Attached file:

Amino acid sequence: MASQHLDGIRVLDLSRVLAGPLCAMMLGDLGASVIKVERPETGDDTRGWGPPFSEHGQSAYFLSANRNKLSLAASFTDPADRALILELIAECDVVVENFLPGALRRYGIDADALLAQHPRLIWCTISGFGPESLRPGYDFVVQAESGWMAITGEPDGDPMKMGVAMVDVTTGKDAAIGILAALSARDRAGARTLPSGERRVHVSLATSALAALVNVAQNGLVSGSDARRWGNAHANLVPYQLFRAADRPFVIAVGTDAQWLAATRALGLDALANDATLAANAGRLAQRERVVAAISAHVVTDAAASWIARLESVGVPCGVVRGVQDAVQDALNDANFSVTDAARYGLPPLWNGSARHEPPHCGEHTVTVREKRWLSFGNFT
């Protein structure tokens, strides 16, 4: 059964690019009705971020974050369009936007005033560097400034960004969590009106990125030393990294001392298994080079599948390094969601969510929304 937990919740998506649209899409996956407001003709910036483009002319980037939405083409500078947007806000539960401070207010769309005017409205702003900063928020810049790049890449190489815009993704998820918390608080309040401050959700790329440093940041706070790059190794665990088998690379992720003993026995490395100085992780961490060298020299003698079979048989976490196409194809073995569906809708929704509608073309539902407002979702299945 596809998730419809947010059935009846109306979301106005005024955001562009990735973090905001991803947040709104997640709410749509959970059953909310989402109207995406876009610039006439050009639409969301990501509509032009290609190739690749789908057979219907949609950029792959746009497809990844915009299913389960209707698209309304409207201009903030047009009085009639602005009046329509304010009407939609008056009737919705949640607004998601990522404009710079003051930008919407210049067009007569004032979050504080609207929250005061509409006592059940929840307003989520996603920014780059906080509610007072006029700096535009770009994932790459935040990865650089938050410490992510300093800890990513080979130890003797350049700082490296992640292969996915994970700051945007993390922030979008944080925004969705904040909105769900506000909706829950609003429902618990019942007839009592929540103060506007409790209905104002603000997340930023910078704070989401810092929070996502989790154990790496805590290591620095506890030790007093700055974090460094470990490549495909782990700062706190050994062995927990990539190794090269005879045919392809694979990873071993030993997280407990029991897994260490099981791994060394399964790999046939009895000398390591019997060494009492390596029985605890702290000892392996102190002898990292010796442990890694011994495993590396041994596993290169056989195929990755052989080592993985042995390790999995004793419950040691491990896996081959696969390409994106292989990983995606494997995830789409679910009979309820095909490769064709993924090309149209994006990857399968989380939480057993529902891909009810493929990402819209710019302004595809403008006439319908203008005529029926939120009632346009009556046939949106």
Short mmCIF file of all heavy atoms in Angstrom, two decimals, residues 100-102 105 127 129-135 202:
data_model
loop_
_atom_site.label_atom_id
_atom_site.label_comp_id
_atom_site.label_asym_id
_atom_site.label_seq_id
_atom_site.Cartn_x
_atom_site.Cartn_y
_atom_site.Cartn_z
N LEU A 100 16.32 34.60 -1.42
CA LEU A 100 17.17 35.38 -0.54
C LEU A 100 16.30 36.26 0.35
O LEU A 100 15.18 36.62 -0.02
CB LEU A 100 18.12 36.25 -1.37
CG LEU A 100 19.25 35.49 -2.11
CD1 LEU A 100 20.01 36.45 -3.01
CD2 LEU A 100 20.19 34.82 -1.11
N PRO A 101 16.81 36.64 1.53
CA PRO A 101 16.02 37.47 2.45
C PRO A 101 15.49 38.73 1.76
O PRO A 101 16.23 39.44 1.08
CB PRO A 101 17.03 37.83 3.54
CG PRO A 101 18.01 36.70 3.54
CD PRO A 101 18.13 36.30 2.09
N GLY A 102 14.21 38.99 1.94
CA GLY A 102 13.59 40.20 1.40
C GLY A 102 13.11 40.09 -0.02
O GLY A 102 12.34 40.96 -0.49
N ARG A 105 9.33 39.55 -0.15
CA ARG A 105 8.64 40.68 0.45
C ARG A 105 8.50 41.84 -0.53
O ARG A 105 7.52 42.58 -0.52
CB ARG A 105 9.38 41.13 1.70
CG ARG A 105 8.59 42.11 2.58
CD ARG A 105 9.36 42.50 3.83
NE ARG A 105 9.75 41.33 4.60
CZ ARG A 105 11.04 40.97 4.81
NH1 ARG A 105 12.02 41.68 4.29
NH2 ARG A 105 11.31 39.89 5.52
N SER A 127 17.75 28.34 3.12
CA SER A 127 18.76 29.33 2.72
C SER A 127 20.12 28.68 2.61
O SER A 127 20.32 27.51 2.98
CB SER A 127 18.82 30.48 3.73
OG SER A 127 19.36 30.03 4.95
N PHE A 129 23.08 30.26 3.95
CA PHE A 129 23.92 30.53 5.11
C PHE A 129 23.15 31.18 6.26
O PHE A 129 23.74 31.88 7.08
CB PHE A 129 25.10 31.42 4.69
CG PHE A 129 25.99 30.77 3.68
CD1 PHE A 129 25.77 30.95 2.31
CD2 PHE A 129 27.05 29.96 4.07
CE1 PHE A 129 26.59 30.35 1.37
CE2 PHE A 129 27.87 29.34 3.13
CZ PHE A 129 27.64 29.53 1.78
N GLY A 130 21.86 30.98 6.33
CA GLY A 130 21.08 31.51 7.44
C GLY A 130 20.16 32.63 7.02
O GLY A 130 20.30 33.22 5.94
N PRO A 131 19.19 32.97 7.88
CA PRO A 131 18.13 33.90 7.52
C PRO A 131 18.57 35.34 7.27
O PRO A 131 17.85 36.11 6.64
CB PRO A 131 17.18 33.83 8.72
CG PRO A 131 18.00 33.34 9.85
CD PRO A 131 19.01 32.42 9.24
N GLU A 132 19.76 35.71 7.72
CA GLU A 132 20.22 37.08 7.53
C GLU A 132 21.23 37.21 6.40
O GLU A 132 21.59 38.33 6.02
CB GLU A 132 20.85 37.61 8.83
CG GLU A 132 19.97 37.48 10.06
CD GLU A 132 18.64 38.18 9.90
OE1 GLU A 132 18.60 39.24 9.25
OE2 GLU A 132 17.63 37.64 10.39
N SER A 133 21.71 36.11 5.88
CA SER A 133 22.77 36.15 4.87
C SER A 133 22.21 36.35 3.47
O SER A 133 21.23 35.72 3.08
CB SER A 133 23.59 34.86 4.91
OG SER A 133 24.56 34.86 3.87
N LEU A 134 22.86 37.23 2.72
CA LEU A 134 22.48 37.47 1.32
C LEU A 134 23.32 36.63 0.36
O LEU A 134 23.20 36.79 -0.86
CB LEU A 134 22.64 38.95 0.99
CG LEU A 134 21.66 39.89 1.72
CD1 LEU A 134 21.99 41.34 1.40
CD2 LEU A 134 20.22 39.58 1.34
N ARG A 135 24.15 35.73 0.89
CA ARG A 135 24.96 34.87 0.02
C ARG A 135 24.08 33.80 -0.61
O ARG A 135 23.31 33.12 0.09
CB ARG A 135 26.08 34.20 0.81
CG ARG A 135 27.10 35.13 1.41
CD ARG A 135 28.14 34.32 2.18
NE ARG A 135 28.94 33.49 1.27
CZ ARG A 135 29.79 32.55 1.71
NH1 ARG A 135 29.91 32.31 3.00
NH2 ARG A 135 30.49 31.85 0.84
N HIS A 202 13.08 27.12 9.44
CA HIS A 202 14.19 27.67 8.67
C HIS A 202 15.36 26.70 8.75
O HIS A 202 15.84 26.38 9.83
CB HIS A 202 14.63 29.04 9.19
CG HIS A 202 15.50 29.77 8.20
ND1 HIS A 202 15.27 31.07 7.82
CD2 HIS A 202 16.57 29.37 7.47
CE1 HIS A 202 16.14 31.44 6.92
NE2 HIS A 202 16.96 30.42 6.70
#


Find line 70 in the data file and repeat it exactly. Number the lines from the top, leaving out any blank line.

CD PRO A 131 19.01 32.42 9.24